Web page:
Tuesday, June 19, 2012

I am sorry, I can't be polite!

A popular hindi proverb says, " Aisi vaani boliye, mann ka aapa khoye, auran ko sheetal kare, aaphun sheetal hoye".. which means that "Speak such words that not only soothe your mind, but also bring joy to whoever listens to your words".

This one used to be one of my favourite dohas that I had read in school. About living what it says, I do  not know if my speech could bring joy to others, but yes, at least I can say without a doubt that my words were not rough and harsh, not crude that could hurt anyone.

But now, being rude is the need of the hour. If I don't be rude, I am stuck, I am exploited, I am fooled.
They say, "My dear, there is a difference between rudeness and assertiveness, there is a fine line..."
 I fail to draw that.

The other day, I was travelling by a shared cab, with all males except me. The driver stopped on the waving of an old man.

I had my earphones stuffed into my ears with "Allah ke bande" going on. The man was trying to fit in which meant the guys were shifting closer to me.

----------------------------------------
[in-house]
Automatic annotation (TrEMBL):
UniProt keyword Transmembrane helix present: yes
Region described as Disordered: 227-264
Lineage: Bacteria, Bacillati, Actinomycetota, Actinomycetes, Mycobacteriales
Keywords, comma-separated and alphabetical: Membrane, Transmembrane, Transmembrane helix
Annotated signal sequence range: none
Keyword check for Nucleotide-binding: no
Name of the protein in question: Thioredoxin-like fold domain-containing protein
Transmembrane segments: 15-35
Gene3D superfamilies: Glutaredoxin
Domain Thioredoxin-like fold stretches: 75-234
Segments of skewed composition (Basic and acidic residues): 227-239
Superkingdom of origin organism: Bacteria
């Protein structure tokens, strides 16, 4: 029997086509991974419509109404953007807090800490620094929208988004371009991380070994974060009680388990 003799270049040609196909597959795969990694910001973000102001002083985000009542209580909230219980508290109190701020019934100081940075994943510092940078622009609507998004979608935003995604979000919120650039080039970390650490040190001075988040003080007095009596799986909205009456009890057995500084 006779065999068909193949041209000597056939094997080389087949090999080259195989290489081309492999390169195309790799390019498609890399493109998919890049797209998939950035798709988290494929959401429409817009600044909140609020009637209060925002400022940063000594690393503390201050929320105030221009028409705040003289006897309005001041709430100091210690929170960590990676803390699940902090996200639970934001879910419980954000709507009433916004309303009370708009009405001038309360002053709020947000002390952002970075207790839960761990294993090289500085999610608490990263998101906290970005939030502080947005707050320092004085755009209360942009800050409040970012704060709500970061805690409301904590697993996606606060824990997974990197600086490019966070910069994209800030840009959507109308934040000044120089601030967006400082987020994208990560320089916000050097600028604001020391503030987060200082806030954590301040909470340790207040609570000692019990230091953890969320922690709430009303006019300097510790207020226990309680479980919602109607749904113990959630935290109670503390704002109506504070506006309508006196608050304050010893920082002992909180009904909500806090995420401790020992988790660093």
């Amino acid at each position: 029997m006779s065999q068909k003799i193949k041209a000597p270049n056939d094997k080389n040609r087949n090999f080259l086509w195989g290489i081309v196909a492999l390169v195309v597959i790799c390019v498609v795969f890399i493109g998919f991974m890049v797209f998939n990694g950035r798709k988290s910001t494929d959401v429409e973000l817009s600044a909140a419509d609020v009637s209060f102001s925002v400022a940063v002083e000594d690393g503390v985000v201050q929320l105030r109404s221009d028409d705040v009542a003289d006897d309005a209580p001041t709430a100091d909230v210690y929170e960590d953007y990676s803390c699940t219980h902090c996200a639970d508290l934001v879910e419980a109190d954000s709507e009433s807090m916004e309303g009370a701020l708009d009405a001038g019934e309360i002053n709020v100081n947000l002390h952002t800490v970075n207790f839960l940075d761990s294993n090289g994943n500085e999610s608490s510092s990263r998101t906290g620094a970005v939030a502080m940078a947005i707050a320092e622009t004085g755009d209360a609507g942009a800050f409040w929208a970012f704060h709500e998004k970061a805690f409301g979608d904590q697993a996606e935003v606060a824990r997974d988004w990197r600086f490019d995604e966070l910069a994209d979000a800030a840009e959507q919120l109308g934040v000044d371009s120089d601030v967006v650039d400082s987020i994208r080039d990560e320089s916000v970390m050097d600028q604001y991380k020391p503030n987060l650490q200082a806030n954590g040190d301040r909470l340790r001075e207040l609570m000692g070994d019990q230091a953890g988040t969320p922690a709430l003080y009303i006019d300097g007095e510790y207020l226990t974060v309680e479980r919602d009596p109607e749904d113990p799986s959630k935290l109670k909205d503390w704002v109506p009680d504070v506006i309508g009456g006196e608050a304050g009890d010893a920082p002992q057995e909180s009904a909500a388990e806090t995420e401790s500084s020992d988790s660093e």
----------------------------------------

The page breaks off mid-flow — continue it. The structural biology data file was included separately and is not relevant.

Without thinking for even a second, I blurted, " Aise thhussna hai toh mujhe utaar do".. ( If you want to stuff passengers like this, then let me get down) .

Before the driver could say anything, the old person looked at me and got down from the cab. If  his eyes could speak out loud, they would have said- " Madam, why do you shout, you can be softer.."

The cab moved ahead. After a while I realised that all I  had to do was shift to the front seat so that the males could accommodate themselves at the back seat. And I understood why the old man looked at me like that.

That very moment, I wanted to go back and say sorry to the old man.

This incident made me reflect deep. If I shift this whole setting a couple of years ago, had I reacted the same way?


Around 3 years in a city, and now I believe that when one packs one's bags to a metro, one has to come armed with boldness and a catalyst, the adequate amount of which can help you regulate the level of boldness required as per situations.

Another example. I was travelling by an auto rickshaw... (All my boldness comes handy while I am travelling by public transport, especially autos! )

The auto wallah and I mutually agreed on the fare he would charge. But to my disgust and surprise, when I got down handed over a 100 rupee note to him, he got ready to leave, while he was supposed to return 10 bucks to me. He said, "madam, change nahin hai"... in a very "oh-you-miserly-lady" look and tone...
At this moment, even if I had tried hard to be polite, the rude Ritu in me would have slapped the polite ritu and would have then slapped that idiot fellow!